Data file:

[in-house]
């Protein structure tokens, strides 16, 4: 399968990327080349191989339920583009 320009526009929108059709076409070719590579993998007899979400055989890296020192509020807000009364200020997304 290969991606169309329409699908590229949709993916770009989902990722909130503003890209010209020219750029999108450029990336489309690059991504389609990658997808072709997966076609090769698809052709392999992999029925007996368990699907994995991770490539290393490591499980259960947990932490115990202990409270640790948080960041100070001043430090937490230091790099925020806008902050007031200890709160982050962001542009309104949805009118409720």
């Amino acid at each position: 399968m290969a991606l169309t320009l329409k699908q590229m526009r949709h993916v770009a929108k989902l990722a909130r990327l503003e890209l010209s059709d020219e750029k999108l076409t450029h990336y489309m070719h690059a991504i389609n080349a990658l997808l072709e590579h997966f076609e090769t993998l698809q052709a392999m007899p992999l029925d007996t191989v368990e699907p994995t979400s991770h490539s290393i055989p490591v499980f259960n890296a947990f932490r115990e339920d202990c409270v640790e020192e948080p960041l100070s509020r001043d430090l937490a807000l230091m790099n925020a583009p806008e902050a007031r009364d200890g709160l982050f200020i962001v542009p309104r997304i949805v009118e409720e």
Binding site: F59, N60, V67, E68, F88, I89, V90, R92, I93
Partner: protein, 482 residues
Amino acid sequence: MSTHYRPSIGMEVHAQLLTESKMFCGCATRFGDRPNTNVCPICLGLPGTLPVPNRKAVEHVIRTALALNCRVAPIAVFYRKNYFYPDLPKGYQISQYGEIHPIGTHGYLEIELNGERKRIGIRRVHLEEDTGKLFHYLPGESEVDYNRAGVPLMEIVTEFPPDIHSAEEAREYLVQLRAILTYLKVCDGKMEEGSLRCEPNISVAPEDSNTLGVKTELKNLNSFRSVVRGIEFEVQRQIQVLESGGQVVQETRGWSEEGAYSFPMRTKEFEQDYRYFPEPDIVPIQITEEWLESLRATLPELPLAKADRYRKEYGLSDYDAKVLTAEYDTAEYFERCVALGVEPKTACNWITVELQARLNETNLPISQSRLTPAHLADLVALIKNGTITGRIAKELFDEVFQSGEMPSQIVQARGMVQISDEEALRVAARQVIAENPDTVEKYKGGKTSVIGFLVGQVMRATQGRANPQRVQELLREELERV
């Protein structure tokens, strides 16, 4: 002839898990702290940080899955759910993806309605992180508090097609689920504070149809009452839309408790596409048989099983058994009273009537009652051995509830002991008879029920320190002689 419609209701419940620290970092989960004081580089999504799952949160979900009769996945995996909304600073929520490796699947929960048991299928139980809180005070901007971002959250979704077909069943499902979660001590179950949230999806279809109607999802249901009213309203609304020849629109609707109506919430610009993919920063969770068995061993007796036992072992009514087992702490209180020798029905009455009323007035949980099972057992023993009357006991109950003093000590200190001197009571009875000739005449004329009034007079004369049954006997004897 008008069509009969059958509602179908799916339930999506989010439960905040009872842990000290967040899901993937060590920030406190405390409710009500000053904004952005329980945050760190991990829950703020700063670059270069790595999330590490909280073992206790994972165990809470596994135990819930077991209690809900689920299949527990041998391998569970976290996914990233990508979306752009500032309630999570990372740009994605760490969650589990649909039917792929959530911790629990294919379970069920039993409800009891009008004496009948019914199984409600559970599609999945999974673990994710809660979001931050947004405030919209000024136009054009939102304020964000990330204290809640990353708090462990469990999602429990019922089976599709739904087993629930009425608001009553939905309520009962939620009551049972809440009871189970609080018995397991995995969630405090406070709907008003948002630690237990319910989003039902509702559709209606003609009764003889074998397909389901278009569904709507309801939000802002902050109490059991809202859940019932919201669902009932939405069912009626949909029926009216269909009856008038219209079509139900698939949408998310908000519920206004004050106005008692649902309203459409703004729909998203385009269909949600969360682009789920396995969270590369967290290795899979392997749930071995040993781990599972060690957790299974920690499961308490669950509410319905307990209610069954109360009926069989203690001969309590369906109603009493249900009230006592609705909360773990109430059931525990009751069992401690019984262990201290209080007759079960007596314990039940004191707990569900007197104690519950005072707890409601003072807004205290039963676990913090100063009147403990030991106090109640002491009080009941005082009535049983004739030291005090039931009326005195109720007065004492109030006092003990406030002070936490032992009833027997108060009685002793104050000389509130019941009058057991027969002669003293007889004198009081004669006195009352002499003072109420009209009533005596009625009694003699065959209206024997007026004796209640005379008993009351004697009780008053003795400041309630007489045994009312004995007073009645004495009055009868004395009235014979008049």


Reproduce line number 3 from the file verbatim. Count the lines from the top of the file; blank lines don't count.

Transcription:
């Amino acid at each position: 399968m290969a991606l169309t320009l329409k699908q590229m526009r949709h993916v770009a929108k989902l990722a909130r990327l503003e890209l010209s059709d020219e750029k999108l076409t450029h990336y489309m070719h690059a991504i389609n080349a990658l997808l072709e590579h997966f076609e090769t993998l698809q052709a392999m007899p992999l029925d007996t191989v368990e699907p994995t979400s991770h490539s290393i055989p490591v499980f259960n890296a947990f932490r115990e339920d202990c409270v640790e020192e948080p960041l100070s509020r001043d430090l937490a807000l230091m790099n925020a583009p806008e902050a007031r009364d200890g709160l982050f200020i962001v542009p309104r997304i949805v009118e409720e």